Australia will "carefully consider" the asylum plea of an 18-year-old Saudi woman who fled to Thailand over the weekend, an official said Monday.
"The Australian Government is pleased that Ms Rahaf Mohammed Alqunun is having her claim for protection assessed (by the U.N.)," a Department of Home Affairs official told AFP.
"Any application by Ms Alqunun for a humanitarian visa will be carefully considered once the UNHCR process has concluded."
Alqunun arrived at Bangkok's main airport on a flight from Kuwait after running away from her family, who she alleges subjected her to physical and psychological abuse.
Alqunun said she planned to seek asylum in Australia, fearing she would be killed if sent back by Thai immigration officials who stopped her at the airport on Sunday.
Human Rights Watch has called on the Australian government to allow Alqunun's entry into that country.
Alqunun says she had a visa to continue her journey to Australia, but media reports say the Australian government has now canceled it.
Human Rights Watch's Australian director, Elaine Pearson, said since Australia has expressed concern in the past about women's rights in Saudi Arabia, it should "come forward and offer protection for this young woman."
The U.N. said Monday that Alqunan's asylum claim will take several days to assess.
The UNHCR, which is providing protection to Alqunan, said it was "very grateful" Thai officials did not send Alqunun back against her will. She has been allowed stay in the country temporarily while seeking asylum in a third country.
"It could take several days to process the case and determine next steps," the UNHCR representative in Thailand, Giuseppe de Vicentiis, said in a statement.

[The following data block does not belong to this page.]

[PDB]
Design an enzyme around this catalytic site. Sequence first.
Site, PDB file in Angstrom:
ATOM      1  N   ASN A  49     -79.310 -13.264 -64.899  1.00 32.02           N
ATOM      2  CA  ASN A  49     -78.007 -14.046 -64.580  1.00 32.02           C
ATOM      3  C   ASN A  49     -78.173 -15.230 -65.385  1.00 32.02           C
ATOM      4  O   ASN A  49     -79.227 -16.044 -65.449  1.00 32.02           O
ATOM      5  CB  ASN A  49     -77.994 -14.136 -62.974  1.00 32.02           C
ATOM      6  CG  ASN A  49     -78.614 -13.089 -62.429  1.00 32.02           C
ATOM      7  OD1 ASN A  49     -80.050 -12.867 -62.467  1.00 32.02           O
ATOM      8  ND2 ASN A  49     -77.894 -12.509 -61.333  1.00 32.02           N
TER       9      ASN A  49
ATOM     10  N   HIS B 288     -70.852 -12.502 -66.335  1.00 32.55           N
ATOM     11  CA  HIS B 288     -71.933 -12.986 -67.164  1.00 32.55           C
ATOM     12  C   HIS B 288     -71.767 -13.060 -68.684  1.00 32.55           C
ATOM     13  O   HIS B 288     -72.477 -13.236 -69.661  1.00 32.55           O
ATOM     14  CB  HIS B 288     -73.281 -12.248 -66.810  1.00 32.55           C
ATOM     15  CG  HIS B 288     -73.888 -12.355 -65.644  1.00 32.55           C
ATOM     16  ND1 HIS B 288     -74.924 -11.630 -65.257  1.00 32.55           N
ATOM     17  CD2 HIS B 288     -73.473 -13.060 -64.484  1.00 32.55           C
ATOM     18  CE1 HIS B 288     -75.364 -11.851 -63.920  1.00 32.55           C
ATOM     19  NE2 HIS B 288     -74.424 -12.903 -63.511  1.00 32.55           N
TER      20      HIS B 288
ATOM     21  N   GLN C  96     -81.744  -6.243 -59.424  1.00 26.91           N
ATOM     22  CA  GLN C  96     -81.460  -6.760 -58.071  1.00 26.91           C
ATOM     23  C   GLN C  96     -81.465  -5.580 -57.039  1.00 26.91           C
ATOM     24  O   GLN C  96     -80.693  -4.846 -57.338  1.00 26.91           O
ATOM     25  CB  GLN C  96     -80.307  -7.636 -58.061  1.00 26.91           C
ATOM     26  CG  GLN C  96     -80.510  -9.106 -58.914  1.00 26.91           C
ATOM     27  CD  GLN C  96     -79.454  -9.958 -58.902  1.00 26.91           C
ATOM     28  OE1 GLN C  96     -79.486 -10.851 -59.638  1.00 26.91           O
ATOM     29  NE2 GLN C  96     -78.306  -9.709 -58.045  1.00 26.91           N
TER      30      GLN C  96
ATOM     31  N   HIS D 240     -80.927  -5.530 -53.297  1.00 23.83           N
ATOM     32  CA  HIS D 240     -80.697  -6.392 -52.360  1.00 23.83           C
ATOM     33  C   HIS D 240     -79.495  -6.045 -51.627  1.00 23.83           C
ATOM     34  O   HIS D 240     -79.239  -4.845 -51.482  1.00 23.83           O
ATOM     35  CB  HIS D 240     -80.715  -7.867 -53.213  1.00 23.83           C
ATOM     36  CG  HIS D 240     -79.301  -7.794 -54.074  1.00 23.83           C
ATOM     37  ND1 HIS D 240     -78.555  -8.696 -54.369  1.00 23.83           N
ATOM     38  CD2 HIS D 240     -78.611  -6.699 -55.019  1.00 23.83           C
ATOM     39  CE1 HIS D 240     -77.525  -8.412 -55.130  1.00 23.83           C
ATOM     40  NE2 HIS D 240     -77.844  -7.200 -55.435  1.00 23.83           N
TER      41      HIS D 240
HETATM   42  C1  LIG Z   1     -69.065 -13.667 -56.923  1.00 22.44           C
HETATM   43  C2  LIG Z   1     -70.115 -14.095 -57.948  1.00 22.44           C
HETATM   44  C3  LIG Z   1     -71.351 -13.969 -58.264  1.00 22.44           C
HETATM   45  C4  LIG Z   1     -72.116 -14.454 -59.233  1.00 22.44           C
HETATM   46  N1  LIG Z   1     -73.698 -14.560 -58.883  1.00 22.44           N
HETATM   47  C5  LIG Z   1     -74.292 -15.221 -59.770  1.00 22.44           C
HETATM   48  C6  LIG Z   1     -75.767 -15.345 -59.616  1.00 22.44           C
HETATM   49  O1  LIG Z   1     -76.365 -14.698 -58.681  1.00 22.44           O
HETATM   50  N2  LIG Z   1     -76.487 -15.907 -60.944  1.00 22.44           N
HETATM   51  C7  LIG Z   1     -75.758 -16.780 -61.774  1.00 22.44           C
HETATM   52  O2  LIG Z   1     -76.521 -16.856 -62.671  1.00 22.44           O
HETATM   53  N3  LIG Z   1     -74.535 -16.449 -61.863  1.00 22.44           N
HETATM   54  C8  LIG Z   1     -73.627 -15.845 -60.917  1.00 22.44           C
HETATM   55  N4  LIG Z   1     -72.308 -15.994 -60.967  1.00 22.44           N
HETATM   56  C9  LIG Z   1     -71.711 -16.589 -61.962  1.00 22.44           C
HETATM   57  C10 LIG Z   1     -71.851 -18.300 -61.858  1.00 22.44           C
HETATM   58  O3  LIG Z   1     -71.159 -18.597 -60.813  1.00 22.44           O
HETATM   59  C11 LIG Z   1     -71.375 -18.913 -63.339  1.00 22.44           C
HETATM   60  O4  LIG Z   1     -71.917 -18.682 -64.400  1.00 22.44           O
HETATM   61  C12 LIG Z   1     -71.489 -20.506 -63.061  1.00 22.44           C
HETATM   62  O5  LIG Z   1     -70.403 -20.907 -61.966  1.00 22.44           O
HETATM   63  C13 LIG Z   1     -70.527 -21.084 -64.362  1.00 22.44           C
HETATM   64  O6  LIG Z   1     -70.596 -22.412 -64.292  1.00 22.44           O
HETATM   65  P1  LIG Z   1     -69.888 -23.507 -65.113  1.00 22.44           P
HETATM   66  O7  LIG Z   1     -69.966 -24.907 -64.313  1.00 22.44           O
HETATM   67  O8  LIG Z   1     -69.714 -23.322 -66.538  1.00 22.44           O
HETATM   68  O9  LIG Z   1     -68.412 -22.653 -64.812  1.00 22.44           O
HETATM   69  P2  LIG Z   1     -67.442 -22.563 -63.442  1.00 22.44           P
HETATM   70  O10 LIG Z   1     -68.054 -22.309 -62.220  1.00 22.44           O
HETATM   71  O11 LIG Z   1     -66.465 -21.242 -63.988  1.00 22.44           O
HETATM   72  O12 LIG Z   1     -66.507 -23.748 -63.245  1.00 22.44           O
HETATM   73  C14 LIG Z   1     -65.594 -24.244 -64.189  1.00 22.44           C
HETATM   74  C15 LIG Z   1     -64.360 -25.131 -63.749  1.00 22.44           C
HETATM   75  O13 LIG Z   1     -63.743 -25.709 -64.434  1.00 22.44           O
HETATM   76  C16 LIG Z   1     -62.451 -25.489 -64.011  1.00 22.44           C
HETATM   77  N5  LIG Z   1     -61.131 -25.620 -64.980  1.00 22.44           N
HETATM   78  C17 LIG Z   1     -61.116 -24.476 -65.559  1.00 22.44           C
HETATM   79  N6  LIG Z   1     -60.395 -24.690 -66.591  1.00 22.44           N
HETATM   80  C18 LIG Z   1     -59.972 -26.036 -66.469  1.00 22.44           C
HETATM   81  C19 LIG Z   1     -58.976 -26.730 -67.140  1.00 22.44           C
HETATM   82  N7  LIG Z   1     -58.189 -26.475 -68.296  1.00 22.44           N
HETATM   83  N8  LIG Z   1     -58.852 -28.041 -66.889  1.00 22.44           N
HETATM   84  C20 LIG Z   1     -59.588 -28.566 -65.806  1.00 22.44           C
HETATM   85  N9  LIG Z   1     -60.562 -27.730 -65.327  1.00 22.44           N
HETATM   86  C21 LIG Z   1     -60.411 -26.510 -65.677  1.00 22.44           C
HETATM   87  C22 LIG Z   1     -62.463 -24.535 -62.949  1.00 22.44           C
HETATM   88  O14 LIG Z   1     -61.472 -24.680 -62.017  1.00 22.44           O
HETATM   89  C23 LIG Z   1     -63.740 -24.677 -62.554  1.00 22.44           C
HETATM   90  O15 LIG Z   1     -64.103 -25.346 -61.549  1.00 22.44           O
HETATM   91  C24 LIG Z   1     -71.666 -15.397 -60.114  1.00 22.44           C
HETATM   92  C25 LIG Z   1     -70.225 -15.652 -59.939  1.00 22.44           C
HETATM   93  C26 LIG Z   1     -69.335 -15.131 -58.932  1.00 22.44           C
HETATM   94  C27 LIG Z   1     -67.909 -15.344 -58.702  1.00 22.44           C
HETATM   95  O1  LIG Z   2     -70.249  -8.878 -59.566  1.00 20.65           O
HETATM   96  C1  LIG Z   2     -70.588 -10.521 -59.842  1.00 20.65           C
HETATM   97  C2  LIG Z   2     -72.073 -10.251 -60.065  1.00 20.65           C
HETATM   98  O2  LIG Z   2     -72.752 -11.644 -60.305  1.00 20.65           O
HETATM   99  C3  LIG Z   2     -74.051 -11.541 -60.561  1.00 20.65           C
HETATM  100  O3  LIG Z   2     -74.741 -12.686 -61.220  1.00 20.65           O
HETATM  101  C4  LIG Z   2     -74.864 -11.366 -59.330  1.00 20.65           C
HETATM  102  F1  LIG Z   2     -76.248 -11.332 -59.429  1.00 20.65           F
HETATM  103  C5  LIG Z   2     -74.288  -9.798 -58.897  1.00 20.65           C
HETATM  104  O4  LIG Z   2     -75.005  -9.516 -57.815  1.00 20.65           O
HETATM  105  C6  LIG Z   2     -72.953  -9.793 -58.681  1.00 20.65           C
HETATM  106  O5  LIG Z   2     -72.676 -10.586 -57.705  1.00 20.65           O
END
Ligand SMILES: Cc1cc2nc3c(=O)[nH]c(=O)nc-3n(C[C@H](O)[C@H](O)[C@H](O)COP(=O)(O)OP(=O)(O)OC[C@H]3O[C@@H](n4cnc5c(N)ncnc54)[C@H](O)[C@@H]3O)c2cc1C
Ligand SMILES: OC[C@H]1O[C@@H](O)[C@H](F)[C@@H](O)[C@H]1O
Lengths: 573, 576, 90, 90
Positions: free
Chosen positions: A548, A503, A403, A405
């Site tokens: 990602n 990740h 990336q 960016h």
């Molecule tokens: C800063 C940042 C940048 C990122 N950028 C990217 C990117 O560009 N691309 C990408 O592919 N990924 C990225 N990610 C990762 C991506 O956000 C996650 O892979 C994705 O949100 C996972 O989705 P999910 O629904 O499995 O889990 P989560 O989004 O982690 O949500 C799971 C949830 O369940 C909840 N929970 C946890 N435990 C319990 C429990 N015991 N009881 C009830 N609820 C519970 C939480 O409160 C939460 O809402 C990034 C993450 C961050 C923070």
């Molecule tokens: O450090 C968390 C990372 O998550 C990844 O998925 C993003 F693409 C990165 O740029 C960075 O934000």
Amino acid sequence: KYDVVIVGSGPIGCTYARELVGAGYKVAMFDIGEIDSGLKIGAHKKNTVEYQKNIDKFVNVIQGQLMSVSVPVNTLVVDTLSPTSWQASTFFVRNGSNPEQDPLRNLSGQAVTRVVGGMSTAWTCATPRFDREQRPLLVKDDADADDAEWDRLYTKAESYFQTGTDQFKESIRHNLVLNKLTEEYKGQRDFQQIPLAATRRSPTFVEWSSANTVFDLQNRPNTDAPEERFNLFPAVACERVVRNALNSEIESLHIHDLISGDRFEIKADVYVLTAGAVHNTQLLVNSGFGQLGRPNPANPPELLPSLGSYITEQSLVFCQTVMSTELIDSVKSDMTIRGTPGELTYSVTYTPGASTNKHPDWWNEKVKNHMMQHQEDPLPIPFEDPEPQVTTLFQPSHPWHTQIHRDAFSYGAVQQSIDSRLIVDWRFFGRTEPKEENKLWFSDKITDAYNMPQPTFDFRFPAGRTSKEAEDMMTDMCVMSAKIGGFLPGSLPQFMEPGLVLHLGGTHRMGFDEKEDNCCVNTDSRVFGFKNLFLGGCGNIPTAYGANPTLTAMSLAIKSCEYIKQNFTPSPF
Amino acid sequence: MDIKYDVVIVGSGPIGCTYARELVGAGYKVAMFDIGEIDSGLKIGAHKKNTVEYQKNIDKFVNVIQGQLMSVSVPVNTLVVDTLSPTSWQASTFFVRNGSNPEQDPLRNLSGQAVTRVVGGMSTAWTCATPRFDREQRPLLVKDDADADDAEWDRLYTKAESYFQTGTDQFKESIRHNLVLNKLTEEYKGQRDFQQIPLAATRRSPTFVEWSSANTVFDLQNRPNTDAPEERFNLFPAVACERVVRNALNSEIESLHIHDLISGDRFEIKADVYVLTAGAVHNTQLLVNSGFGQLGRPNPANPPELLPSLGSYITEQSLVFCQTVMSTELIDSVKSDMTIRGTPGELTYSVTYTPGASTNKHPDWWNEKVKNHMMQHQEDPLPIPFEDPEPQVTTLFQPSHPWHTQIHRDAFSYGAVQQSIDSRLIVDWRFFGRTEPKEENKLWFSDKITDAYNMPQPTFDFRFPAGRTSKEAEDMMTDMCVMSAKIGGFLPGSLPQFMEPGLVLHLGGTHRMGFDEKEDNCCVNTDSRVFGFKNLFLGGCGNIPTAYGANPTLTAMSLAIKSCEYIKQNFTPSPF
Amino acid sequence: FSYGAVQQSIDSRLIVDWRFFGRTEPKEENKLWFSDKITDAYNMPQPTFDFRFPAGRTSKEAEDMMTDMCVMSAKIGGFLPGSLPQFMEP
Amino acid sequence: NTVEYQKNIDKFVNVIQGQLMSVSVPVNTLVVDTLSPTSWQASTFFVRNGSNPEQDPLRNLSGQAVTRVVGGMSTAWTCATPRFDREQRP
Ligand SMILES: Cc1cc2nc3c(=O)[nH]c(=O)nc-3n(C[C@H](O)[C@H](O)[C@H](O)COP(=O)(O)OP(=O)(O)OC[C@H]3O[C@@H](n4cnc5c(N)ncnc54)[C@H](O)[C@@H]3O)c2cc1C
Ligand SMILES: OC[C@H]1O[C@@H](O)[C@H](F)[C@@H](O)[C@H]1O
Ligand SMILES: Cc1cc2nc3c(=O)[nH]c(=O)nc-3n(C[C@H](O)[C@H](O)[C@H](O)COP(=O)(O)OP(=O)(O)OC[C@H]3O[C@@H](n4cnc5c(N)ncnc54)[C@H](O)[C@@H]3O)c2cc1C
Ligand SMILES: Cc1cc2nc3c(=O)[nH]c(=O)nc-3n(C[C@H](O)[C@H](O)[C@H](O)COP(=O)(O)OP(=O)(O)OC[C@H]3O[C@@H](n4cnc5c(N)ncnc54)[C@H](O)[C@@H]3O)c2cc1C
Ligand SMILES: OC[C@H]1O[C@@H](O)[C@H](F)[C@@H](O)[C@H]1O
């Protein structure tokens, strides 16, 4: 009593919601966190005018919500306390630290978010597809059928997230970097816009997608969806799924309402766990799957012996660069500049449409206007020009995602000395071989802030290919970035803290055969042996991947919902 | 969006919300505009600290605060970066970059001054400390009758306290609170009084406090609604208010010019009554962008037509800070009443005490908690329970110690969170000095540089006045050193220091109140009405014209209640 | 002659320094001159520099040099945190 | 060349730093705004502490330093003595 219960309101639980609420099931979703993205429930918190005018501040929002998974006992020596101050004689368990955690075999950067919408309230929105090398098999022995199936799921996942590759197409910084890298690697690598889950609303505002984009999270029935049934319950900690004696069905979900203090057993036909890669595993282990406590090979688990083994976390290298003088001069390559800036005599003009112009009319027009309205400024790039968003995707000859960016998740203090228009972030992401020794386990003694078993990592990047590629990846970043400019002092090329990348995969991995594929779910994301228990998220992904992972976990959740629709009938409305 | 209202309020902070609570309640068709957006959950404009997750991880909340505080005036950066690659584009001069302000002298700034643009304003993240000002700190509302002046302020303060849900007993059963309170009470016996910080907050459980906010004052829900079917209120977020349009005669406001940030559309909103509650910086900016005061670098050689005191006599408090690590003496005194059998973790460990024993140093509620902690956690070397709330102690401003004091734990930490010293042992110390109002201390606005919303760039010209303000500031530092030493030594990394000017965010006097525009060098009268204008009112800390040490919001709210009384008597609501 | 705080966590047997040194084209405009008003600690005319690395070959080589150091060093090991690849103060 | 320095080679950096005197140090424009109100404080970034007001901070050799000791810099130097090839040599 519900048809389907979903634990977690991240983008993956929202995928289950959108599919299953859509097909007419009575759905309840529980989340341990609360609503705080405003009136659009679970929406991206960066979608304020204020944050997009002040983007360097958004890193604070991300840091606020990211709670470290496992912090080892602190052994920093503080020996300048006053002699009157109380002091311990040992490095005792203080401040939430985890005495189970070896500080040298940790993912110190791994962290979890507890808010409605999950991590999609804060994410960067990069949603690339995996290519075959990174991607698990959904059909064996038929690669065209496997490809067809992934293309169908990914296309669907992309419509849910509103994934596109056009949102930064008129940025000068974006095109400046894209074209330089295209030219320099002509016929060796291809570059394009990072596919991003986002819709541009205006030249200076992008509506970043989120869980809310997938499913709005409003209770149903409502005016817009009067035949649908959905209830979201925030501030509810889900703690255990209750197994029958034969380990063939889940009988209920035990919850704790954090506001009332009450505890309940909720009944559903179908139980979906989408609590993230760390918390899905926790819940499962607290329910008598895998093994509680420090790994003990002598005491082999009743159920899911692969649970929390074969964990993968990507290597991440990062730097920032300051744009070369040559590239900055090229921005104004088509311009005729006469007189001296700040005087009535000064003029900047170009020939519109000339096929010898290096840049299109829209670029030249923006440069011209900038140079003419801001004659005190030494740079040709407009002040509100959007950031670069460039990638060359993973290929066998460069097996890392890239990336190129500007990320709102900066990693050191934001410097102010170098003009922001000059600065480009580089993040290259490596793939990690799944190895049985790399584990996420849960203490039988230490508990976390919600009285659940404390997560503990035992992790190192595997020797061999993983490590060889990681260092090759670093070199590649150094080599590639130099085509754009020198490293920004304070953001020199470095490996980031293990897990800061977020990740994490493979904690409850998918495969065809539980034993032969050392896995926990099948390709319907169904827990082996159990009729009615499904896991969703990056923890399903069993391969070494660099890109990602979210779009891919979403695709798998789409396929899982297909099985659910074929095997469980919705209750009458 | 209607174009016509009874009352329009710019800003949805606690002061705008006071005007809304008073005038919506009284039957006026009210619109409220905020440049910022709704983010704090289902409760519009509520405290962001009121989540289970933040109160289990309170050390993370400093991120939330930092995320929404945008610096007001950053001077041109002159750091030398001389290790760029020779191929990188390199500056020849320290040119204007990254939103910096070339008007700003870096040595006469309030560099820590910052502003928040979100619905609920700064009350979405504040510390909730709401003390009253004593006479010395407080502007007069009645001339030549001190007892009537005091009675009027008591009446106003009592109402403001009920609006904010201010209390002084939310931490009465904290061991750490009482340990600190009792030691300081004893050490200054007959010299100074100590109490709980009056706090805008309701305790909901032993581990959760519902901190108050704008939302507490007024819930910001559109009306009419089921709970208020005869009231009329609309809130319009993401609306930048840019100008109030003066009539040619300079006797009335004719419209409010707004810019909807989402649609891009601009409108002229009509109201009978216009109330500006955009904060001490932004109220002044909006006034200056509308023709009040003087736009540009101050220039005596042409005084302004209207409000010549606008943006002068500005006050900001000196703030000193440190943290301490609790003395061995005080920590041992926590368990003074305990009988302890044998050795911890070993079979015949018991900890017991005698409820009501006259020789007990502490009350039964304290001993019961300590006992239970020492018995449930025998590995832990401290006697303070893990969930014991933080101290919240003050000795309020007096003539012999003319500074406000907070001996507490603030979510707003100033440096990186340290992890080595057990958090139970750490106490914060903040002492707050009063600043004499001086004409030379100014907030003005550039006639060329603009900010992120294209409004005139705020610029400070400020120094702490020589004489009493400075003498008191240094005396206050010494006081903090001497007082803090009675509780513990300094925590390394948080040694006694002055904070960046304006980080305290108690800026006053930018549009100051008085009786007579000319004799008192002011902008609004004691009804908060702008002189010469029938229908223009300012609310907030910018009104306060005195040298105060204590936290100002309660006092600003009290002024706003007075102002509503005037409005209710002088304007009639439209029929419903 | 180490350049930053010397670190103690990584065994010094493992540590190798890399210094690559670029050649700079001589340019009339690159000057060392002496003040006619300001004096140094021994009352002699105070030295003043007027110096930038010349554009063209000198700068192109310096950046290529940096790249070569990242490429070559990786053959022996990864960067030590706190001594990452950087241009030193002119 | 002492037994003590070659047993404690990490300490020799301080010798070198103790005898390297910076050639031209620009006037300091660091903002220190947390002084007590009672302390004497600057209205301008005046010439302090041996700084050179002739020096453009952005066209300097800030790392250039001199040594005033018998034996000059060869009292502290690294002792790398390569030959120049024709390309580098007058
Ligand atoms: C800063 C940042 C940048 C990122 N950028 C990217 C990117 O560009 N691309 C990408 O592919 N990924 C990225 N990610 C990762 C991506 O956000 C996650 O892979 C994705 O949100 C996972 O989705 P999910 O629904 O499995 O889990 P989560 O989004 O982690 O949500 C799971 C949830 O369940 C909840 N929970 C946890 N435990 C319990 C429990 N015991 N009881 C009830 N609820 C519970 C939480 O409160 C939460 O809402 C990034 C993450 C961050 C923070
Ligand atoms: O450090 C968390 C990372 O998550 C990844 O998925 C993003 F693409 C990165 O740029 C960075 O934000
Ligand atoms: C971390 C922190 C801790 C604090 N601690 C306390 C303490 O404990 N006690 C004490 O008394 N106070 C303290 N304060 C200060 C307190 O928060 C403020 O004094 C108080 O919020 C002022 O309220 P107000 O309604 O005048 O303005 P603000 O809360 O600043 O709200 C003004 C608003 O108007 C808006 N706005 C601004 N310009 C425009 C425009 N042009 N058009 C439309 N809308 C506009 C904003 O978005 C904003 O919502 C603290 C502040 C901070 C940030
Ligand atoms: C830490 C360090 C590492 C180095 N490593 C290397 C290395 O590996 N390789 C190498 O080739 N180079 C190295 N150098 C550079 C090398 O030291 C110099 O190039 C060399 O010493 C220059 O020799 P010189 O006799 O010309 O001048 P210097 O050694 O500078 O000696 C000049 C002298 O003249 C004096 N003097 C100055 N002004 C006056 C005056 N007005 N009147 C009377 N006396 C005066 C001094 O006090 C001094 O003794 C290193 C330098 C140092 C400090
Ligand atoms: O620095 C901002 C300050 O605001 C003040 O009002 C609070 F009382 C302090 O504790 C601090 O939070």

Thailand is not a signatory to a U.N. convention on refugees, and asylum seekers are typically deported or wait years to be resettled in third countries.
The UNHCR insists anyone with an asylum claim should not be sent back to the country they fled under the principle of non-refoulement.
Thailand's immigration police chief met Tuesday with officials of the Saudi Embassy in Bangkok, and said the officials told him they are satisfied with how Alqunan's case has been handled.
Maj. Gen. Surachate Hakparn explained the Saudi reaction to reporters after a meeting with its diplomats. Saudi officials say they have had nothing to do with Alqunun's case and are not demanding her return, and that the controversy is strictly a family matter.
In an earlier and separate explanation released on Twitter, the Saudi embassy denied sending officials to Suvarnabhumi airport to meet Alqunun as she arrived via Kuwait or impounding her passport – as she alleged.
It also said the embassy had made contact with her father, a senior regional government official in the kingdom, "to inform him on her situation."
Surachate said Alqunun's father and brother were due to arrive soon in Bangkok, but that it was her decision whether to meet with them. On Twitter, she has expressed fear of such a meeting. The father had previously been expected Monday night.
Saudi Arabia's human rights record has been under heavy scrutiny since the murder of journalist Jamal Khashoggi last year.
The ultracconservative kingdom has some of the world's toughest restrictions on women, including a guardianship system that allows male family members to make decisions on behalf of female relatives.
Alqunun has said she believes she will be imprisoned or killed if sent back, and that her family is so strict it once locked her in a room for six months for cutting her hair.
Under the hashtag #SaveRahaf, the young woman's desperate pleas became a social media sensation, and she was able to post live updates and videos from the Bangkok airport in both Arabic and English, racking up more than 80,000 followers.